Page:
“The Committee on Jewish Law and Standards of the Rabbinical Assembly has affirmed the right of a pregnant person to choose an abortion in cases where ‘continuation of a pregnancy might cause severe physical or psychological harm or where the fetus is judged by competent medical opinion as severely defective.’ This position is based on our members’ understanding of relevant biblical and rabbinic sources, as well as teshuvot – modern rabbinic responsa. Jewish tradition cherishes the sanctity of life, including the potential of life during pregnancy, but does not believe that personhood and human rights begin with conception, but rather with birth, as indicated by Exodus 21:22-23.”

“Denying individuals access to the complete spectrum of reproductive healthcare, including contraception, abortion-inducing devices, and abortions, among others, on religious grounds, deprives those who need medical care of their Constitutional right to religious freedom. The RA has consistently supported these reproductive freedoms for over 50 years.”

“There continue to be efforts in the United States on both the federal and state levels that pose existential threats to reproductive freedom, especially so-called ‘heartbeat’ bills. The Rabbinical Assembly emphatically opposes all such laws and legislative or executive moves. As the focus of the debate shifts to the US Congress, we call on our members to contact their senators and representatives and demand they advocate for these fundamental rights in each and every state.”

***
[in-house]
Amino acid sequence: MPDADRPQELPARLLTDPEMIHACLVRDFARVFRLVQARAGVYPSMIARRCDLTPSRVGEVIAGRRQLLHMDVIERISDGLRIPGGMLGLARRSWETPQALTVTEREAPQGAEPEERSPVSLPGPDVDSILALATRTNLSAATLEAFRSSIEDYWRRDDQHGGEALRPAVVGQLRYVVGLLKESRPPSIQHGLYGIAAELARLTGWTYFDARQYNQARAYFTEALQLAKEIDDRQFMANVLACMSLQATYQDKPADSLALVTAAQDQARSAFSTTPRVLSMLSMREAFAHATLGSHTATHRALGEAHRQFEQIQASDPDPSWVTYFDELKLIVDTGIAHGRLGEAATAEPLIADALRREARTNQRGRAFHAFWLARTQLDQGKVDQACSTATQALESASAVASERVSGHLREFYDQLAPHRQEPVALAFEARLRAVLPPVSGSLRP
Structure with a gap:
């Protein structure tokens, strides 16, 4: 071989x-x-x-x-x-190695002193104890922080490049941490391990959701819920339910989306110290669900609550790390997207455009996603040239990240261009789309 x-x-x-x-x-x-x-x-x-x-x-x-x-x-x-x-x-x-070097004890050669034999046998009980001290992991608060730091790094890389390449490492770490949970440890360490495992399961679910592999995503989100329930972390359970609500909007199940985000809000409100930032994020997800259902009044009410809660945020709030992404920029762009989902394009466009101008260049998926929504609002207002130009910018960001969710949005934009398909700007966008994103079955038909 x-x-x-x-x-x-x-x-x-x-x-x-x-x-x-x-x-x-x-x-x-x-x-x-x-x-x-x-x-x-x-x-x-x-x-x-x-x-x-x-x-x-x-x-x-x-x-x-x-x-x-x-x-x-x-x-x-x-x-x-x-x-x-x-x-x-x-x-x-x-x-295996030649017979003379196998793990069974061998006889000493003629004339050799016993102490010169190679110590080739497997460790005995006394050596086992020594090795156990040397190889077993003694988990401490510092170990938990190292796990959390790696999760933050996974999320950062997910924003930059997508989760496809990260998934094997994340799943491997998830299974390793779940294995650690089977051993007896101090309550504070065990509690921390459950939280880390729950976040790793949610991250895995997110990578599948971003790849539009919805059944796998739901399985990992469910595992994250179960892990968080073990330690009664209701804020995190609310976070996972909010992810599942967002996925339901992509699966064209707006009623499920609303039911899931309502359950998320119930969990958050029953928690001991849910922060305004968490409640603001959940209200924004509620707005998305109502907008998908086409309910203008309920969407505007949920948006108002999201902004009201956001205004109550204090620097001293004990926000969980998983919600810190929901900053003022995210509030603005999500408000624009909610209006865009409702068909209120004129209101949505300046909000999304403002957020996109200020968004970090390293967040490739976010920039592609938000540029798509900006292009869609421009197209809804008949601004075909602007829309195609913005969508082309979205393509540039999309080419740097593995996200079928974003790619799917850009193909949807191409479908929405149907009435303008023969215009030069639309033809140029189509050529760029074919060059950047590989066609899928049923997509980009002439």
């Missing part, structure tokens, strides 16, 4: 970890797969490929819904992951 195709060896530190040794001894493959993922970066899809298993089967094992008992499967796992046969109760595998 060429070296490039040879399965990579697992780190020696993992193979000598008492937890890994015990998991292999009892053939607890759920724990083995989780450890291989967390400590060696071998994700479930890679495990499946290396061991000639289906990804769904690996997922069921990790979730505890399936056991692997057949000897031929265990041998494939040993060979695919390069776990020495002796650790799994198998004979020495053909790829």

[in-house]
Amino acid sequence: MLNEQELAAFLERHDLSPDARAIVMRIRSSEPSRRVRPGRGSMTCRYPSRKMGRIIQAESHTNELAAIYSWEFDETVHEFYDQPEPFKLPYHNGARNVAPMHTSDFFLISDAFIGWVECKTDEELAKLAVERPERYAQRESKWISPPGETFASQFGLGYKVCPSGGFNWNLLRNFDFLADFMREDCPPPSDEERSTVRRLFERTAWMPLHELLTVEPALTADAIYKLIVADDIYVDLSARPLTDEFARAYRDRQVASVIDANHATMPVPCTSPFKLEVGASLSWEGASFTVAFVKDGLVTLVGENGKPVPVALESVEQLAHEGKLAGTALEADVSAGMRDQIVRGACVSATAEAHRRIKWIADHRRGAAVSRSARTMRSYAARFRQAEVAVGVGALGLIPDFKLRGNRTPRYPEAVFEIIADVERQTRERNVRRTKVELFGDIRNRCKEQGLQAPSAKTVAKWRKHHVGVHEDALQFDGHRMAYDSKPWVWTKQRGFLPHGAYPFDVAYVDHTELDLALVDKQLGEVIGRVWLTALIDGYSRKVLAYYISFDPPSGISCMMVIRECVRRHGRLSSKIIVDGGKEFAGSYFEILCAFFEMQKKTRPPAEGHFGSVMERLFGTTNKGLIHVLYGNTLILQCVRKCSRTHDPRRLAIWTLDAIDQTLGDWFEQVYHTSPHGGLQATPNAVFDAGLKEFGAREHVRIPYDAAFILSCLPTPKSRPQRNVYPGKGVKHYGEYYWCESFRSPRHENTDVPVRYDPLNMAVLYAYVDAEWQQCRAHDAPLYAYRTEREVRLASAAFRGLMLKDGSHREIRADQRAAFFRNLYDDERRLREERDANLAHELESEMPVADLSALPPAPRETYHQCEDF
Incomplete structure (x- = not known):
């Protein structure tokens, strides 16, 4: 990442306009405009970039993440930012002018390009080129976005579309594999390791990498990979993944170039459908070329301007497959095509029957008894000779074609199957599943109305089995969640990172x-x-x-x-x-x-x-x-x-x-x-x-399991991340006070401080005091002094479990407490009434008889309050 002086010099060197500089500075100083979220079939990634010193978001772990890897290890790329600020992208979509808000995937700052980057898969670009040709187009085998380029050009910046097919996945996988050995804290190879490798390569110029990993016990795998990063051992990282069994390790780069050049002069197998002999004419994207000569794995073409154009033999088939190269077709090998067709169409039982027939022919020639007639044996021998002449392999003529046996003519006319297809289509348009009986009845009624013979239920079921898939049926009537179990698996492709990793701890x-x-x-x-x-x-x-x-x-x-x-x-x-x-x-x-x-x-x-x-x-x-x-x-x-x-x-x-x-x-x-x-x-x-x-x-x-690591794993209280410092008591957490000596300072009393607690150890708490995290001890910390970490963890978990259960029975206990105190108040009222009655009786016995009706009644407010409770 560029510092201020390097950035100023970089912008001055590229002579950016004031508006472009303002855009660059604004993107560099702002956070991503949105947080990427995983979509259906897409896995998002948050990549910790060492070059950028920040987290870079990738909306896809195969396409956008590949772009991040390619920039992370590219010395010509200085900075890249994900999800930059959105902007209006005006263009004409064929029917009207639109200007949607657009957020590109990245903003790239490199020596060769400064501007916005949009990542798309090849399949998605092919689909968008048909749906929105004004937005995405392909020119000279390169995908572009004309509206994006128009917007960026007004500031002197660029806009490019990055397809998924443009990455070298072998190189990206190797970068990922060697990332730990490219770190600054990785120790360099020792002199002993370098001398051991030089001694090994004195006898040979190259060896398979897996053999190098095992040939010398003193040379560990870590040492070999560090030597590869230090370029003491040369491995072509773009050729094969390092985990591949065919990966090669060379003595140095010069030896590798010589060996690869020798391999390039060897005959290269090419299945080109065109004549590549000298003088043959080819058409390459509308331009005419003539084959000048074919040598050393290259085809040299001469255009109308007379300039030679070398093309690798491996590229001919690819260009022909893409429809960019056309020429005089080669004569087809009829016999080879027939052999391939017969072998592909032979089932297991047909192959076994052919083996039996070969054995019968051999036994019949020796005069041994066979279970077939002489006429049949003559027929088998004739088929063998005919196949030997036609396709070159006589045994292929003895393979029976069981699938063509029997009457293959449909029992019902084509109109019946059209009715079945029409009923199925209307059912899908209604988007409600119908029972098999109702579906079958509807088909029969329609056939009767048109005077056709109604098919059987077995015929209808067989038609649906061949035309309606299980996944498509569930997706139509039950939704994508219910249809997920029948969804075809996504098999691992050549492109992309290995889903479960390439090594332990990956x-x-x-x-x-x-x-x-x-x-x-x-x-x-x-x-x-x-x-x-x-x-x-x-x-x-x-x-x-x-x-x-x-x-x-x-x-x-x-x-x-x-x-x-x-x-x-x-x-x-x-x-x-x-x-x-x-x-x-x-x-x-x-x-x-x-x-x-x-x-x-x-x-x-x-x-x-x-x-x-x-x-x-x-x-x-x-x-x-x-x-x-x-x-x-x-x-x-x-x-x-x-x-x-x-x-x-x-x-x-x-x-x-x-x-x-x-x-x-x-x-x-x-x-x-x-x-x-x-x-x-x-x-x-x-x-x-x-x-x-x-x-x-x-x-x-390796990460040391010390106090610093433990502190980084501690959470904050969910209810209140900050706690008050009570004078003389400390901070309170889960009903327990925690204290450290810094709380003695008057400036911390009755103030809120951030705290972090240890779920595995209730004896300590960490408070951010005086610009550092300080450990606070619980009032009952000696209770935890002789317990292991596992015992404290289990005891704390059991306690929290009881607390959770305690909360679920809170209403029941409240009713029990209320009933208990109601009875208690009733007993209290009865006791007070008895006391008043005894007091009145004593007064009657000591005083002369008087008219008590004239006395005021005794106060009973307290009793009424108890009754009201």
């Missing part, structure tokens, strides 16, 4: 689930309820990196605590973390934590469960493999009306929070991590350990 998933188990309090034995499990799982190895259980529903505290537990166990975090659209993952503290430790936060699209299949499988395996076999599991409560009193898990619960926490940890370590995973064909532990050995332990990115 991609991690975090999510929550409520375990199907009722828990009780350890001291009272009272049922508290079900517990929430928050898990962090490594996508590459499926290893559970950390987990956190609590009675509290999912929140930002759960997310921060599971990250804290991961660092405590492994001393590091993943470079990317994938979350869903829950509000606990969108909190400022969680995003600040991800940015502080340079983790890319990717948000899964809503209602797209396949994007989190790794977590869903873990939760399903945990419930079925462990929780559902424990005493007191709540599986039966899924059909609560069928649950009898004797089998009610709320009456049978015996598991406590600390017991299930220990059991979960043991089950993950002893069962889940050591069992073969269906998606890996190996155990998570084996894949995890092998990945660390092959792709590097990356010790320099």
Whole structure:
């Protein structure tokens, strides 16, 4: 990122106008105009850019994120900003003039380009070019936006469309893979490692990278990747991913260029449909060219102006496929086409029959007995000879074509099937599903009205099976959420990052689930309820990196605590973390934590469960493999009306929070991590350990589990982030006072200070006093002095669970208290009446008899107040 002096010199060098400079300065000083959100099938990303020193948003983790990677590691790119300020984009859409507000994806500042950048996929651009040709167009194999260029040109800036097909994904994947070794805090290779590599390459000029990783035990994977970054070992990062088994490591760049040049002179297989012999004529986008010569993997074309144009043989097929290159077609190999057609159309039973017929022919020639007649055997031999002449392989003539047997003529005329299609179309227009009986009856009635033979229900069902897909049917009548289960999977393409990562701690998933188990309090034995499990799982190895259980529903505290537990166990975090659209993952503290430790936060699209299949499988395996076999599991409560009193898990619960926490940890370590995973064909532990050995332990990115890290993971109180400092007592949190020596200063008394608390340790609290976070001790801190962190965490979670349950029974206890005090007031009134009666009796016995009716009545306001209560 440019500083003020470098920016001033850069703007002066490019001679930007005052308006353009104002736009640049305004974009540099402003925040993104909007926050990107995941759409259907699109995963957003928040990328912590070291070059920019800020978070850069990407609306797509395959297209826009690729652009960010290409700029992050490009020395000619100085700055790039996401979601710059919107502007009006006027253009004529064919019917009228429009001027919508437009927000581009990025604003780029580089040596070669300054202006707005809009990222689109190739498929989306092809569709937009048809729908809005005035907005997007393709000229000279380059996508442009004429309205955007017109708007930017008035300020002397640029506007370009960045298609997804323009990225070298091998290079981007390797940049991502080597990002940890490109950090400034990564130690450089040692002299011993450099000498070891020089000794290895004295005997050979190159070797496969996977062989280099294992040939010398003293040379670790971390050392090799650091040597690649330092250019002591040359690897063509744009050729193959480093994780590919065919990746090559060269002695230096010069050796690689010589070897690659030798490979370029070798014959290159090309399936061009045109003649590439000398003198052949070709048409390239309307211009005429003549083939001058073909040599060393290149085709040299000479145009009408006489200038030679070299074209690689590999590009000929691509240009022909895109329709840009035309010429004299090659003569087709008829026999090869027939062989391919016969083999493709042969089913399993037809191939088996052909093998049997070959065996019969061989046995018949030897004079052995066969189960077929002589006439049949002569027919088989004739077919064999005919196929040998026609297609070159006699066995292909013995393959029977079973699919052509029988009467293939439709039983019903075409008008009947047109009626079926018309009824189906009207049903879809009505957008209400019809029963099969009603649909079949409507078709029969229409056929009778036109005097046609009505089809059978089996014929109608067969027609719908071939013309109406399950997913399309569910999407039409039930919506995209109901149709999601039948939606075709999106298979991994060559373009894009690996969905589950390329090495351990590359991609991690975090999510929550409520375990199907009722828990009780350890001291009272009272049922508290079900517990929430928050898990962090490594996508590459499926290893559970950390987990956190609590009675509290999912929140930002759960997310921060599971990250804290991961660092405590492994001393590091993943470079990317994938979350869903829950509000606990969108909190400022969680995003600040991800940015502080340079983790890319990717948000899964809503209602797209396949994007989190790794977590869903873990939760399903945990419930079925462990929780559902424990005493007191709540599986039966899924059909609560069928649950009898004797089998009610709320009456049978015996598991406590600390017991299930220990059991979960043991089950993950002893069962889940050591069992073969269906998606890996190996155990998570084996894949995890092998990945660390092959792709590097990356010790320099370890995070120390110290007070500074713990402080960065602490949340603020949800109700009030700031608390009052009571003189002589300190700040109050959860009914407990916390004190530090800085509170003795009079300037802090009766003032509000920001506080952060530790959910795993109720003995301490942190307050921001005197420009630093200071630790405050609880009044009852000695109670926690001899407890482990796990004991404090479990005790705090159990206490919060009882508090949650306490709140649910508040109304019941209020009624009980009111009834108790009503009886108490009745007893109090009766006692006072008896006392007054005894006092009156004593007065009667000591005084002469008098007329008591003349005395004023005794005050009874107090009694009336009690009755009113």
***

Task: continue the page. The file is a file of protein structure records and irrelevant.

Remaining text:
Rabbi Jonah Pesner, director of the Religious Action Center of Reform Judaism, the Washington office of the Union for Reform Judaism, condemned the possible overturn, as well.

“This draft ruling upholding Mississippi’s 15-week ban would be an unconscionable rollback of fundamental rights and human dignity for all people in the United States,” Pesner said. “Abortion bans like Mississippi’s that are being introduced and signed into law across the country are already rooted in anti-Black racism, white supremacy and other systems of oppression. This decision would not only decimate abortion access, but also explicitly threaten other fundamental rights we hold dear, including the LGBTQ+ rights affirmed by Lawrence v. Texas and Obergefell v. Hodges.”